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7 Tips for Dealing With Neighbor Disputes


Trees are a source of beauty, but they can also cause problems between neighbors. If you find yourself in a dispute with a neighbor over a tree, here are seven tips for resolving the problem.

Know your rights. A homeowner generally owns everything from the property line to the center of the street, but that doesn’t mean your trees have free reign. If a tree’s branches grow over your neighbor’s property, he or she has the right to trim them back to the property line. However, if you own an oak tree and your neighbor wants you to trim it back because of the mess it makes on their lawn each fall, that’s not your responsibility.

Take care of your trees. You’re responsible for the safety and health of any trees on your property, even if they grow into another person’s yard.

Understand tree law. In most places, there are laws governing what you can do with trees on your own property. For example, in many cities, homeowners must get permission before cutting down any trees — especially ones that are more than 15 years old or measure more than six inches in diameter around their base at chest height. Check with city hall to learn about local laws and regulations surrounding trees.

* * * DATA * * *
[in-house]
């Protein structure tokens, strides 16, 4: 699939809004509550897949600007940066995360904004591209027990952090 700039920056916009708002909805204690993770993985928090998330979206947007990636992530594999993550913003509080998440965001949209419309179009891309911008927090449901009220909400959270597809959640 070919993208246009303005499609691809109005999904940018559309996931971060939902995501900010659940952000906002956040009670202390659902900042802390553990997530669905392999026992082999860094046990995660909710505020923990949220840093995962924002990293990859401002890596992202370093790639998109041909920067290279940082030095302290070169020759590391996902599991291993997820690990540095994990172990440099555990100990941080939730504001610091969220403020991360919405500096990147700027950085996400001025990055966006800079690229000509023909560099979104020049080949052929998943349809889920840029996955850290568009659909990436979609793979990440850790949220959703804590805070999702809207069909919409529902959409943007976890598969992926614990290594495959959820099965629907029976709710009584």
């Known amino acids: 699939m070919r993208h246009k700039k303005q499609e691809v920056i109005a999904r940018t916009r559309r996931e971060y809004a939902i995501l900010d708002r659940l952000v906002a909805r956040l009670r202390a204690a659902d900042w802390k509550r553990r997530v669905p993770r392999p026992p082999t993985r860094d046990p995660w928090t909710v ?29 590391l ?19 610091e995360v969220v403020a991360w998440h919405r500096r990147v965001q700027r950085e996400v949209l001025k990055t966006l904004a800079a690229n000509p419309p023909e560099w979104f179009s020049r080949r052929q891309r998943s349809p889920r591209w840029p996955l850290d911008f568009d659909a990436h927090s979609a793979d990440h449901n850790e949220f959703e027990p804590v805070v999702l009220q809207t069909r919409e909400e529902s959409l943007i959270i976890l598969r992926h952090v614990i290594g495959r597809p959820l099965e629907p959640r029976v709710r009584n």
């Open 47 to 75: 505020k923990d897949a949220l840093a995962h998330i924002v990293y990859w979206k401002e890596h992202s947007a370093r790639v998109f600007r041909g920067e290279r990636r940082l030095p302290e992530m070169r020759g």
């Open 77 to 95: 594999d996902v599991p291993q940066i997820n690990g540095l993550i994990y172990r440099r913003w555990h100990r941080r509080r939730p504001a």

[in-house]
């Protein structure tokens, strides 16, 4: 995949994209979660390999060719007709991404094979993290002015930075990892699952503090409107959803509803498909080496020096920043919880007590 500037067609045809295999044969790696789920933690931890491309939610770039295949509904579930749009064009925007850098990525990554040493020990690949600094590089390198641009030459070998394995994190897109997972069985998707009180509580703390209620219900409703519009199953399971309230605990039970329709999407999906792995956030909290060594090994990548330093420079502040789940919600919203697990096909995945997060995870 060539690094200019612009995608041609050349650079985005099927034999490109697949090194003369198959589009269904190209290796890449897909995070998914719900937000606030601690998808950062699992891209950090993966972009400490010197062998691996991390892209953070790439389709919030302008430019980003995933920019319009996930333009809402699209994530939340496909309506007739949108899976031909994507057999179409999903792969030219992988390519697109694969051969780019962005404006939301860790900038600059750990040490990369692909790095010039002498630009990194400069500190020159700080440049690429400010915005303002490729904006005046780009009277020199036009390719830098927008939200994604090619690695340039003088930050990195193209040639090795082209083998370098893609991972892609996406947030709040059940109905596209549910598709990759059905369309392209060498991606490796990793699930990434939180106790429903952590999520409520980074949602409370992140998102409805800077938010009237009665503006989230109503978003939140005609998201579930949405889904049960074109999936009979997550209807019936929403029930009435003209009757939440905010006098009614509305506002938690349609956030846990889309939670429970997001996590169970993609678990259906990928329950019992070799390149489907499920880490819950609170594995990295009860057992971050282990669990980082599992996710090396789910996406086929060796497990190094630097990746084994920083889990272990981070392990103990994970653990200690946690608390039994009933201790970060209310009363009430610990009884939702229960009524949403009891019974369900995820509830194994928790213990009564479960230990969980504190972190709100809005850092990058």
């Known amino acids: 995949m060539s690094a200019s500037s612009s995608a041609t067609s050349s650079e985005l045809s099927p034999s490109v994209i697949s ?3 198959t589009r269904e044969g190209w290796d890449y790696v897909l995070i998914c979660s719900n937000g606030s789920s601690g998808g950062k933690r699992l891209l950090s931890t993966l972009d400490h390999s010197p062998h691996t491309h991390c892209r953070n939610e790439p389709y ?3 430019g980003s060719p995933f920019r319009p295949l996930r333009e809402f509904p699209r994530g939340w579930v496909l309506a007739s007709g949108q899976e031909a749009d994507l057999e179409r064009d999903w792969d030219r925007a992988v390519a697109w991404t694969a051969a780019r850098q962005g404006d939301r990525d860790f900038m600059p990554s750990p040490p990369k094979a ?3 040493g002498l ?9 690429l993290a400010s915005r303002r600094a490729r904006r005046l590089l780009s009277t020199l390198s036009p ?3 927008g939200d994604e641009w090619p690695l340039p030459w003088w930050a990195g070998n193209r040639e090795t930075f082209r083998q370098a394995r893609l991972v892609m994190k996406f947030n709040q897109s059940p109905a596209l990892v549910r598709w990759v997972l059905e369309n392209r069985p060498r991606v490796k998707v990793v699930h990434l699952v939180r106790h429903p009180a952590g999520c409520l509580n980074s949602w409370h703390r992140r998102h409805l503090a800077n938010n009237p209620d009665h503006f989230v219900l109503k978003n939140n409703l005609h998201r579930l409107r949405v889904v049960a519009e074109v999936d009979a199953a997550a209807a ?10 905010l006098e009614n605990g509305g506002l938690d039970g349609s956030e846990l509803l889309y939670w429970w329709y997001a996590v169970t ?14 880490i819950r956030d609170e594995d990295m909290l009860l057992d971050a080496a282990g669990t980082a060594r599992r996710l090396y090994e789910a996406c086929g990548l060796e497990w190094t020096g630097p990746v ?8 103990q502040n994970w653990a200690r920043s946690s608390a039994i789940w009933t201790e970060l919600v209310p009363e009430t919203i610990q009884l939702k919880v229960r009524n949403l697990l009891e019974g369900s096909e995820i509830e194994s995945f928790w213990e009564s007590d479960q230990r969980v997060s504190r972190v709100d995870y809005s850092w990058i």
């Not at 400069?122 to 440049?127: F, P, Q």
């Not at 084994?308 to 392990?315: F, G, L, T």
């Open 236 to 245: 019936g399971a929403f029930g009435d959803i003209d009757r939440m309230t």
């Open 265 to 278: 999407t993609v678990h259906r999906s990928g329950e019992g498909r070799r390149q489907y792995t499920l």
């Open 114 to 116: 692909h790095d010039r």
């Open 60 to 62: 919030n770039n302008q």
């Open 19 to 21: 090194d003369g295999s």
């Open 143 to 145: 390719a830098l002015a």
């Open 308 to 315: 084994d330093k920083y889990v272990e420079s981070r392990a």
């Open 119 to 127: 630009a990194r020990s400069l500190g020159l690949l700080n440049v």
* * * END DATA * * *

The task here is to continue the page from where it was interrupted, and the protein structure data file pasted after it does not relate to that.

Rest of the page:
Personnel disputes between neighbors can be tricky. If you and your neighbor can’t work it out, the next step is to involve a third party — such as the police, mediation services or even a lawyer.

Here are seven tips for handling neighbor disputes:

  1. Don’t let it get out of hand.

If your neighbor’s tree falls onto your property, don’t pick up a saw and start hacking away at the branches that overhang your yard. You could seriously injure yourself or cause more damage.

  1. Don’t pick up the phone right away.

A dispute with a neighbor often involves emotions, so it’s better to talk face-to-face if possible.

  1. Make sure you’re in the right.

Reading over any homeowner association rules or local ordinances that might apply to your situation will help you understand your rights and responsibilities as a homeowner or renter. It also shows that you’re serious about finding a solution and not just looking to stir up trouble.

  1. Consider mediation services from an attorney or organization in your area
  2. Know when to call the police
  3. Document everything
  4. Hire an attorney
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#1 Guide to Neighbors and Tree Dispute Laws

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